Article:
Mexican Manufacturers Inc. presents
Ciudad Juarez your Nearshoring
Ciudad Juarez Mexico your
Principal Mexico Manufacturing Clusters in Ciudad Juarez
In Ciudad Juárez, the maquiladora manufacturing industry has played a vital role in technology transfer and
development of the local economy.
As industry began to appear on the U.S.-Mexico border in the 1960s, Juárez came to be home to one of the
largest concentration of maquila jobs in Mexico . Inevitably, the region has become a significant provider of
manufactured components and commodities that are distributed throughout North America , and the world.
What has developed there over the years is a concentration of thriving interconnected Mexico manufacturing
clusters and networks that are composed of OEMs and suppliers that have created a value chain that has
attracted ever increasing amounts of foreign direct investment (FDI).
No economy is an island, and studying the symbiotic relationships of Mexico manufacturing clusters is
advantageous in that it identifies opportunities for growth and strategic targeting as regards the supplier-
manufacturer-purchaser economy. In a unique study of the El Paso / Cd. Juárez region, the Institute for Policy
and Economic Development at the University of Texas at El Paso examined customer-supplier linkages between
Cd. Juárez manufacturing operations and El Paso industry. The work provides insight into areas for development
among these industry clusters, with an eye towards fostering regional economic expansion, competitiveness,
and industry health and stability.
According to the Institute's study, the top 10 Mexico manufacturing clusters in Juárez are as follows:
1. The Automotive industry (82,000 jobs) is the largest sector, and utilizes inputs (commodities) from three significant supplier segments
in Ciudad Juárez: motor vehicle parts manufacturing, iron and steel mills and ferroalloy manufacturing, and nonferrous metal foundries
2. Semiconductor/Electric Parts (31,000 jobs) primarily uses suppliers in semiconductor and related device manufacturing, printed circuit
assembly manufacturing, and other basic inorganic chemical manufacturing.
3. Electrical Equipment (17,000 jobs) primarily uses relay and industrial control manufacturing, iron and steel mills and ferroalloy
manufacturing, and printed circuit assembly manufacturing.
4. Medical Equipment (12,000 jobs) primarily uses materials from surgical and medical instrument manufacturing, surgical appliance and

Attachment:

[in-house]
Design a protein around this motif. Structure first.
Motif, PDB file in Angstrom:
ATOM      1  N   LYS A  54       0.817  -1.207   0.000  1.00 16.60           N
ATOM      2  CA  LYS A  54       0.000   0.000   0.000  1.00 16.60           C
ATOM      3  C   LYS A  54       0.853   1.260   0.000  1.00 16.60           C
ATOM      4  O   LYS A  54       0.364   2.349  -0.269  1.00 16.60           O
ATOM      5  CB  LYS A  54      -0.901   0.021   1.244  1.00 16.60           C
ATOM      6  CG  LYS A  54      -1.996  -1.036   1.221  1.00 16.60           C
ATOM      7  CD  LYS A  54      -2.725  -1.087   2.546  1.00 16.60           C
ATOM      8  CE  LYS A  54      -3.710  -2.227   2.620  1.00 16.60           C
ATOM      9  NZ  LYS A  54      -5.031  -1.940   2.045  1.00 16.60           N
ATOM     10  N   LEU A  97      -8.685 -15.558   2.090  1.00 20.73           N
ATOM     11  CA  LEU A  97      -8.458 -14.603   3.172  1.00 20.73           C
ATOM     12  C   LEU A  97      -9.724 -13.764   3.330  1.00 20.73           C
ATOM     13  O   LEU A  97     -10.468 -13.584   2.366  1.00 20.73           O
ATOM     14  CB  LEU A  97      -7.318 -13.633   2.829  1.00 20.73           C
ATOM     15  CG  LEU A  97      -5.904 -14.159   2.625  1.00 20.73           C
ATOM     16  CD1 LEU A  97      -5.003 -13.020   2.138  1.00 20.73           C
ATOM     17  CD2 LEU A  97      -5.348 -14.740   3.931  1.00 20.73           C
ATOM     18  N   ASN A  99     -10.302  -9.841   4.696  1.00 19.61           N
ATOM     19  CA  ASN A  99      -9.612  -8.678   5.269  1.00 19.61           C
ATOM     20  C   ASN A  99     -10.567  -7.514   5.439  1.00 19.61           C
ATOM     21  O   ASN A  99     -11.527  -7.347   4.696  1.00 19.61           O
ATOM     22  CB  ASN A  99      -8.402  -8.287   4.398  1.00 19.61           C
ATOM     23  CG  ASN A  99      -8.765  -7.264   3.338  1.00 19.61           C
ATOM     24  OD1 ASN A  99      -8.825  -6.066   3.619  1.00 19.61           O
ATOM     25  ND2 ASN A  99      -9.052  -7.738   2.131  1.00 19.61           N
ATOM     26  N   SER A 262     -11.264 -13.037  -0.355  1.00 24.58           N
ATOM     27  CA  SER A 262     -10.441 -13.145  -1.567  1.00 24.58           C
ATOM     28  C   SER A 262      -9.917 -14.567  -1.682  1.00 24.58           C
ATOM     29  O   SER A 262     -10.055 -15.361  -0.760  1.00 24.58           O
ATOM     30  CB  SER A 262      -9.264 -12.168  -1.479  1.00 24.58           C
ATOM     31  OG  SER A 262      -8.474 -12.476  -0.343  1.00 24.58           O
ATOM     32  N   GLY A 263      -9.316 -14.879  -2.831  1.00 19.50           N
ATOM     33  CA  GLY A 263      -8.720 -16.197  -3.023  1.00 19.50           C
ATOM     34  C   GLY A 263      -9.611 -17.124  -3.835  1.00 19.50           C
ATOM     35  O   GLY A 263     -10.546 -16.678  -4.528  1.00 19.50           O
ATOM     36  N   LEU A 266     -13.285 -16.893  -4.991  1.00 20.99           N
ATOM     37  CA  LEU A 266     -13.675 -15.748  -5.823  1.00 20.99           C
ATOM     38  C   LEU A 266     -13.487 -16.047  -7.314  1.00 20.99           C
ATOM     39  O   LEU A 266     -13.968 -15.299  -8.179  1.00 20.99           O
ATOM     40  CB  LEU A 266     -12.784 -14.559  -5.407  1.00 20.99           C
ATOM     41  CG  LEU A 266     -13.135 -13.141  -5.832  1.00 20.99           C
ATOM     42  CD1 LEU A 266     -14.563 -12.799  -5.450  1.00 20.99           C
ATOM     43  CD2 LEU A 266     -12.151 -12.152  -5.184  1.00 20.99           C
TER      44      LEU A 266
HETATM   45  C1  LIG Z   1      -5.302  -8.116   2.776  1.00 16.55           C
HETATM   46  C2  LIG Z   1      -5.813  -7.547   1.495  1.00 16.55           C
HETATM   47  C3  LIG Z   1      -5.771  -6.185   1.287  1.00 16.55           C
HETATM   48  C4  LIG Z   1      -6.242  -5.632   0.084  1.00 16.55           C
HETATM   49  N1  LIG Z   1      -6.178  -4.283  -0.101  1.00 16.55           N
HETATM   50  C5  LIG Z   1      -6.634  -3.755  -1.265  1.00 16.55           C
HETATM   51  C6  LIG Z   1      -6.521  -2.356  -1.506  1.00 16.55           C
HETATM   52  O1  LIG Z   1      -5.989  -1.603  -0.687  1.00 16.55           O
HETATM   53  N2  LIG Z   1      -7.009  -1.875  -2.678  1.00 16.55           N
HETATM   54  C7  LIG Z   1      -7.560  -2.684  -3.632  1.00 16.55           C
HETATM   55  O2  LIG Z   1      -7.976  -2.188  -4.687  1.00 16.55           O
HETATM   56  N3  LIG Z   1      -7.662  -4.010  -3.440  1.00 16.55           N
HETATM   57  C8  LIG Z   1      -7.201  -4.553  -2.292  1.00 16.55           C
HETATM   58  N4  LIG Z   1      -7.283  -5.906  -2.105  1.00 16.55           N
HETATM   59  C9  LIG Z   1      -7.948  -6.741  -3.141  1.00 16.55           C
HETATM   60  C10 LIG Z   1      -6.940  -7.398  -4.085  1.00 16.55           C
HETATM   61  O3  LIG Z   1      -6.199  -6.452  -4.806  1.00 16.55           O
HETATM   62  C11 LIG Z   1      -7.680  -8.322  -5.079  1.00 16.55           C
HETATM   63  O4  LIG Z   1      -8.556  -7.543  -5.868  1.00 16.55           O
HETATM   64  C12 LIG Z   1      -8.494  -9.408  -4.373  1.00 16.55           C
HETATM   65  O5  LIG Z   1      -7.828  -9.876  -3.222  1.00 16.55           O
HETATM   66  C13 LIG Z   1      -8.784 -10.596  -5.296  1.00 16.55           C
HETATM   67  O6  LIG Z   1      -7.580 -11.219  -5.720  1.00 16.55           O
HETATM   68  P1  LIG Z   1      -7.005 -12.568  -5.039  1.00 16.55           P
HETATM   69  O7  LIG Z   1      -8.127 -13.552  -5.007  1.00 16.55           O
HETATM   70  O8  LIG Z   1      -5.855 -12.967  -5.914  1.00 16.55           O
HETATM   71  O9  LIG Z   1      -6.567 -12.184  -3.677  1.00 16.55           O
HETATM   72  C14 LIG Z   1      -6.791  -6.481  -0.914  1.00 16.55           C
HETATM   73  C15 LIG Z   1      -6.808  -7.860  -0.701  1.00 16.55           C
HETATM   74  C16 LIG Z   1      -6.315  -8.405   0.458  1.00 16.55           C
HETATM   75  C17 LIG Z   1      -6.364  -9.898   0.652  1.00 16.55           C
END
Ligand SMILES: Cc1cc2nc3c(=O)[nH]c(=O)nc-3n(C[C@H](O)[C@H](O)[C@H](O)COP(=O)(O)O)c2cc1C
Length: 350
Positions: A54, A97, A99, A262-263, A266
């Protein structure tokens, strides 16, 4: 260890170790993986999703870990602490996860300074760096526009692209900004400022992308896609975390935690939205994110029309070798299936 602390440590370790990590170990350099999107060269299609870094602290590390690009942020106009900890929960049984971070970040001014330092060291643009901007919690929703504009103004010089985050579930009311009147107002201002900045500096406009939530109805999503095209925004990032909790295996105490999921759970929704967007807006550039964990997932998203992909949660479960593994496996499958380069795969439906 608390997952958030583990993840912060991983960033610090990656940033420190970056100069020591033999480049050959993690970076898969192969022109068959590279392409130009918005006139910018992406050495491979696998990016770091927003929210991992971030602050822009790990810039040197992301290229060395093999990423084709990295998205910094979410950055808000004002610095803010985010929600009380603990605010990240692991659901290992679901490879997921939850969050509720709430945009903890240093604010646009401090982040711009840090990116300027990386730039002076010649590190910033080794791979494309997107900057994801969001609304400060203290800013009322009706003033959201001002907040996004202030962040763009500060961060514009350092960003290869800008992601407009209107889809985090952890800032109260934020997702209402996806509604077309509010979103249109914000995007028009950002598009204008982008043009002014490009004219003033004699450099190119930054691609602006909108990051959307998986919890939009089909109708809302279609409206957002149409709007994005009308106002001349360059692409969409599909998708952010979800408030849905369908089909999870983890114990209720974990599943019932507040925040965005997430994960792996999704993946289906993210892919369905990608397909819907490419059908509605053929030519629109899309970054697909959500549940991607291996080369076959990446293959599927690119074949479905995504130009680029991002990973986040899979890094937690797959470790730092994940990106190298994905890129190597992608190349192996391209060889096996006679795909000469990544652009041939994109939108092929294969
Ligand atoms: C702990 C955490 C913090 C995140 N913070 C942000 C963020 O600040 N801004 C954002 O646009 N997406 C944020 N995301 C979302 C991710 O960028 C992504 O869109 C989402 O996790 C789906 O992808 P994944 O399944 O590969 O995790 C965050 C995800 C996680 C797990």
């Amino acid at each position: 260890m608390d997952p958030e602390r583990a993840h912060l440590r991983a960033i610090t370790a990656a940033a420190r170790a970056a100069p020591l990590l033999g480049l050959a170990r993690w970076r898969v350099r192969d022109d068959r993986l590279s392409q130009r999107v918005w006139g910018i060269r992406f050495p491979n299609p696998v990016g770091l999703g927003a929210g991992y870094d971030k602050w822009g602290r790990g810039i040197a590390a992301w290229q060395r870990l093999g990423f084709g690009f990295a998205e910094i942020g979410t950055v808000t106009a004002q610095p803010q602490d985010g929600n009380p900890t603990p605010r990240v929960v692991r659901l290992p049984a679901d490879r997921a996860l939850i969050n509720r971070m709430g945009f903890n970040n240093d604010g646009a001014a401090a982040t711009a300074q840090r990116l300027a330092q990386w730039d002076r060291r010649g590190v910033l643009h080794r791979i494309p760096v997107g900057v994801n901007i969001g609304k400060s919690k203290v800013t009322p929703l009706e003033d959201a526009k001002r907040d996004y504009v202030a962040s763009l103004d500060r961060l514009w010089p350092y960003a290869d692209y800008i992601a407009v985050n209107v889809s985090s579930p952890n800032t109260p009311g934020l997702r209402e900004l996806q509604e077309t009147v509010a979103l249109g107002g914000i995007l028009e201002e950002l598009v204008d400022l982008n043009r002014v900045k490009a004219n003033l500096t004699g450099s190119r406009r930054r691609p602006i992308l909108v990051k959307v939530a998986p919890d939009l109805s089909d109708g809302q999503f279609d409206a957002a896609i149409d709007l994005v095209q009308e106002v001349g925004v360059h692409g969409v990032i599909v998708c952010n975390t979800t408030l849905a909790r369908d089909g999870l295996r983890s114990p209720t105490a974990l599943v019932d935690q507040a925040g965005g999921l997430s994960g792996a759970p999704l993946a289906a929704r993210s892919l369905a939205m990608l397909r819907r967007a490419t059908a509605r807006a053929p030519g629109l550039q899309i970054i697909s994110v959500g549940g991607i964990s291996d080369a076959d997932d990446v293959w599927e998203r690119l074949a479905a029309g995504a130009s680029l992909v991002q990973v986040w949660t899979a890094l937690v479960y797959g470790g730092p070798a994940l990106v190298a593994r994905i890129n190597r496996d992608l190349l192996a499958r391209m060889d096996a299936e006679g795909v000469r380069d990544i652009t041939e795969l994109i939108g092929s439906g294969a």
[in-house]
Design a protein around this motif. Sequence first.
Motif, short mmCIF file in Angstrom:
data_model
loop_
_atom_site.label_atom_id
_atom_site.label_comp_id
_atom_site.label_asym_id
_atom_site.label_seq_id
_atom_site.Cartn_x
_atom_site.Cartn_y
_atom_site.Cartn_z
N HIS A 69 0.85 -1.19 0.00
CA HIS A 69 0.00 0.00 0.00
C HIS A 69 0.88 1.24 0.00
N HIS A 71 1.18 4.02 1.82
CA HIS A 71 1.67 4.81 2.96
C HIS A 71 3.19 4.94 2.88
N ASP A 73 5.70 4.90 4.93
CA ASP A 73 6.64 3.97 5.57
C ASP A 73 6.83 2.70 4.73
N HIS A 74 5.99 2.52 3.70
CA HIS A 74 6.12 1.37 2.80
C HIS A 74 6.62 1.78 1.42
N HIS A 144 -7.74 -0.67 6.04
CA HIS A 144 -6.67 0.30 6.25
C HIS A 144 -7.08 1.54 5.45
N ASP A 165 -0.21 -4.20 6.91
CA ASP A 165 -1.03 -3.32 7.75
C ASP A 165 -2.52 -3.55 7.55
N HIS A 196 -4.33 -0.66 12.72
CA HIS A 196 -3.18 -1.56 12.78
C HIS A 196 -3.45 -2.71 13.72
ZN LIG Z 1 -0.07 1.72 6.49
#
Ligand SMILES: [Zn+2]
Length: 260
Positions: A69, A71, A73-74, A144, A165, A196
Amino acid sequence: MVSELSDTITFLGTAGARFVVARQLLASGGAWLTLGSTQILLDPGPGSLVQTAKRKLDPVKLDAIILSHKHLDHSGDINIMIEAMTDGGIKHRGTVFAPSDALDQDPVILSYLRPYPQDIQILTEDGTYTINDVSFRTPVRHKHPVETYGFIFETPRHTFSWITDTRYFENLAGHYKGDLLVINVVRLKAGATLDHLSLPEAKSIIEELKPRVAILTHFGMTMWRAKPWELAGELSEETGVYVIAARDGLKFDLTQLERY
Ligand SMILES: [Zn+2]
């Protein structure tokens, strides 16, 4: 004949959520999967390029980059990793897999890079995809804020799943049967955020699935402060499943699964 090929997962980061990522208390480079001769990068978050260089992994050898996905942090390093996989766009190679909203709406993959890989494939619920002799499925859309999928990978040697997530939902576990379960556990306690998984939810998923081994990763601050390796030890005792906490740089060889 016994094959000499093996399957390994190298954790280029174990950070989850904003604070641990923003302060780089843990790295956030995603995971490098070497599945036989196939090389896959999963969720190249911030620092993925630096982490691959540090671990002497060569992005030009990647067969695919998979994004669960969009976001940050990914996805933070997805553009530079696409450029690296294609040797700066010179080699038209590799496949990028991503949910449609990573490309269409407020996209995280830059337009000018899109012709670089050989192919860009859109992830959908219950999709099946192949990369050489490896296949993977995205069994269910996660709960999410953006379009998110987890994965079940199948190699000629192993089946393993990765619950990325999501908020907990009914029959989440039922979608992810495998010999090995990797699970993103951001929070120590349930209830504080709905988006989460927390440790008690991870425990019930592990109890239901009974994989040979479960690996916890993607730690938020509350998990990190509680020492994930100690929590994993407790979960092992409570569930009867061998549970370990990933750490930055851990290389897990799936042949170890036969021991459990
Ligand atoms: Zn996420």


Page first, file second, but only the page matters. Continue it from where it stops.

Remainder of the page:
supplies, and advertising and related services.
5. Communications Equipment (8,000 jobs) pulls primarily from broadcast and wireless communication equipment manufacturing,
semiconductor and related device manufacturing, and software publishers suppliers.
6. Printing Ink (7,000 jobs) primarily utilizes inputs from synthetic dye and pigment manufacturing, paint and coating manufacturing, and
petroleum refineries manufacturing suppliers.
7. Navigational, Measuring, Electromedical, and Control Instruments (7,000 jobs) acquires most of their materials from software
publishers, scientific R&D services, and printed circuit assembly manufacturing.
8. Audio and Video Equipment (7,000 jobs) relies primarily upon suppliers in electron tube manufacturing, printed circuit assembly
manufacturing, and custom computer programming services.
9. Plastics Product (6,000 jobs) uses inputs from plastics material and resin manufacturing, plastics packaging materials and un-laminated
film and sheet manufacturing, and other basic organic chemical manufacturing.
10. Household Appliance (5,000 jobs) utilizes plastics packaging materials and un-laminated film and sheet manufacturing, other plastics
product manufacturing, and motor generator manufacturing suppliers, often from within the Juárez region.
Mexico manufacturing clusters in Ciudad Juarez , in all likelihood, will continue with their steady expansion. Rising costs for
manufacturers in China , as well as for those in the United States , make the city a preferential venue for low-cost nearshore production.